Legal Muse

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Britney Spears, meet Civ Pro.

with 6 comments

During my usual nocturnal Civil Procedure musings, I’ve stumbled across a fairly relevant (and perhaps glamorous) case regarding Britney Spears. I believe that the media is confusing residency with domicile, however.

LOS ANGELES (Hollywood Today) 10/18/08 – The jury in the case involving entertainer Britney Spears allegedly driving without a valid license began to deliberate Friday night, and the determination of her guilt or innocence will depend on which state she’s considered a resident of—California or Louisiana.

If her peers decide Louisiana, Spears’ childhood home, she will be off the hook. If they decide California, she will be in violation of a law requiring new residents to get a California driver’s license within 10 days and face possible, though unlikely, jail time of up to six months and a fine as large as $1,000.

Spears held a current Louisiana driver’s license on Aug. 6, 2007, when she hit a parked car, and her defense team has argued that since she pays income tax to that state, owns property there and is registered to vote there, she should not legally be considered a California resident.

The prosecution claimed that since Spears has lived fulltime in the Los Angeles area for several years and allegedly began, but did not complete, an application for a California driver’s license, she was actually a California resident, making her Louisiana license void.

The trial spanned only two days before jury deliberations began, including Friday, when Spears’ father, Jamie, testified. He is currently the co-conservator of Spears’ estate—a position to which he was appointed on Jan. 31, following his daughter’s two hospitalizations for psychiatric evaluation.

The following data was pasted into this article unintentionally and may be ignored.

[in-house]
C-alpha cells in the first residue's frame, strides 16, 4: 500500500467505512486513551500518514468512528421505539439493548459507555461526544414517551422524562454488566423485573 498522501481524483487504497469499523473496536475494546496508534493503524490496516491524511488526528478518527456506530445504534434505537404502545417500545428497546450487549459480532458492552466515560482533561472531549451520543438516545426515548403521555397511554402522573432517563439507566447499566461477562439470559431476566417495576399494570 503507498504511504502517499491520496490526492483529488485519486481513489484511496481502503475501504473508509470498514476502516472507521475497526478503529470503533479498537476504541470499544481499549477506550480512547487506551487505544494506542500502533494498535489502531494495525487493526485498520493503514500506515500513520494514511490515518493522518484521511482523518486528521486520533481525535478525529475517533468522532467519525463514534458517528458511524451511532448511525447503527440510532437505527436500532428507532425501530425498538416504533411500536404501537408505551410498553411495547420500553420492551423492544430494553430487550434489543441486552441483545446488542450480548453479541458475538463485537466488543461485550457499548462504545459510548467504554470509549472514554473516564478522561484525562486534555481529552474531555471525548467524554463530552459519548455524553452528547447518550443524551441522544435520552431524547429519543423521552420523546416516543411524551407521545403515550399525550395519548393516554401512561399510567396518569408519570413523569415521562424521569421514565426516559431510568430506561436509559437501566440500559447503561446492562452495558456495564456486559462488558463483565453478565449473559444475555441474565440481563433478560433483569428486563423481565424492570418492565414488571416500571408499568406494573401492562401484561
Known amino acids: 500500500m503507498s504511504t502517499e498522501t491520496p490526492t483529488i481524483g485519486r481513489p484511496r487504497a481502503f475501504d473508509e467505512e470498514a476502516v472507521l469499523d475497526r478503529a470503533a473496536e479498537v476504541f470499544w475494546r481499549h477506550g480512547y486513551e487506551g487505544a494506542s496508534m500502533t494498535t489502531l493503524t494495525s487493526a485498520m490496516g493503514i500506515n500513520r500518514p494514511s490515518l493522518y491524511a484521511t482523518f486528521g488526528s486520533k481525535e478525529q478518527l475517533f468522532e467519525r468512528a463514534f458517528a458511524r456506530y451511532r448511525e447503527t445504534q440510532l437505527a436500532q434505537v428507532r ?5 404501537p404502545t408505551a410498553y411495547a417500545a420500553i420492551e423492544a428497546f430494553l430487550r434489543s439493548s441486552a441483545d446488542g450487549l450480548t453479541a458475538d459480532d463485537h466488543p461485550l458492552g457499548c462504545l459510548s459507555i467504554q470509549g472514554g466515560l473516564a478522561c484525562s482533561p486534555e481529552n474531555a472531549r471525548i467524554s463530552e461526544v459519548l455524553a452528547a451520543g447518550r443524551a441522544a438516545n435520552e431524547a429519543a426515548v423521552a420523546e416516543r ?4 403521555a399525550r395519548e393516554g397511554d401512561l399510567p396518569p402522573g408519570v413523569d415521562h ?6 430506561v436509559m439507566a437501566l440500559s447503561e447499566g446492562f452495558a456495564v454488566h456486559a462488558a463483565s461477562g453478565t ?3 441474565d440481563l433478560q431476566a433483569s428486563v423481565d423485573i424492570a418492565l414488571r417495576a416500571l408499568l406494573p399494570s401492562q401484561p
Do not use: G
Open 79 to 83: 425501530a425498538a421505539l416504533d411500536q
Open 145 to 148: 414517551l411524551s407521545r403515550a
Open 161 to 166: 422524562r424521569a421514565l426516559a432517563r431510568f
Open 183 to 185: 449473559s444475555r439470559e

An attorney for Spears originally attempted to delay the trial by claiming that since her personal and professional lives were still under the control of her father, she was not fit to stand trial—a claim that was rejected by the court.

In a lengthier article here (http://www.people.com/people/article/0,,20233865,00.html), the father testifies that she has every intention of returning to Louisiana, and is therefor not a CA “resident”. Again, I think this is incorrect. She has residency in CA, but not domicile, as she owns property, but does not intend to stay there.

Unless there is different vernacular in use in CA, and they really do mandate a CA drivers license for anyone who owns property, I think she’s off the hook. However, I find it unlikely that a mere “resident” of CA would be required to have a CA drivers license. If I just so happened to be wealthy enough to have some investment properties in Beverly Hills, but I lived in a posh section of NYC and only rarely stayed in a home in CA, it wouldn’t make much sense to require a license of me, especially if it would declare my NY license void. It seems that might even infringe on the powers of other states.

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Written by DMN

October 20, 2008 at 3:01 am

Posted in Uncategorized

Tagged with ,

6 Responses

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  1. I think California needs to do something differently. In general, I mean. Like, I dunno, something. The natives are crazy.

    Dave

    October 20, 2008 at 4:12 pm

  2. I’m voting for fall into the ocean myself.

    – T. Ohhe

    T. Ohhe

    October 20, 2008 at 5:14 pm

  3. technically, i think the court established she wasn’t a native…but crazy yes.

    Sprinkles

    October 20, 2008 at 11:35 pm

  4. If California and New York both had laws stating that residents were required to have a license from that state, and someone owned property in both, would the state legislatures cancel each other out?

    Evidence supporting that it would be a pretty awesome thing:
    http://www.imdb.com/title/tt0082340/
    http://www.imdb.com/title/tt0116225/

    Dave

    October 21, 2008 at 1:17 am

  5. NICE! I got caught by the spam catcher again. FIX IT!

    Dave

    October 21, 2008 at 1:18 am

  6. Dave –

    ROFLLMAOELOHEL

    That’s freaking awesome.

    openfire06

    October 21, 2008 at 10:10 am


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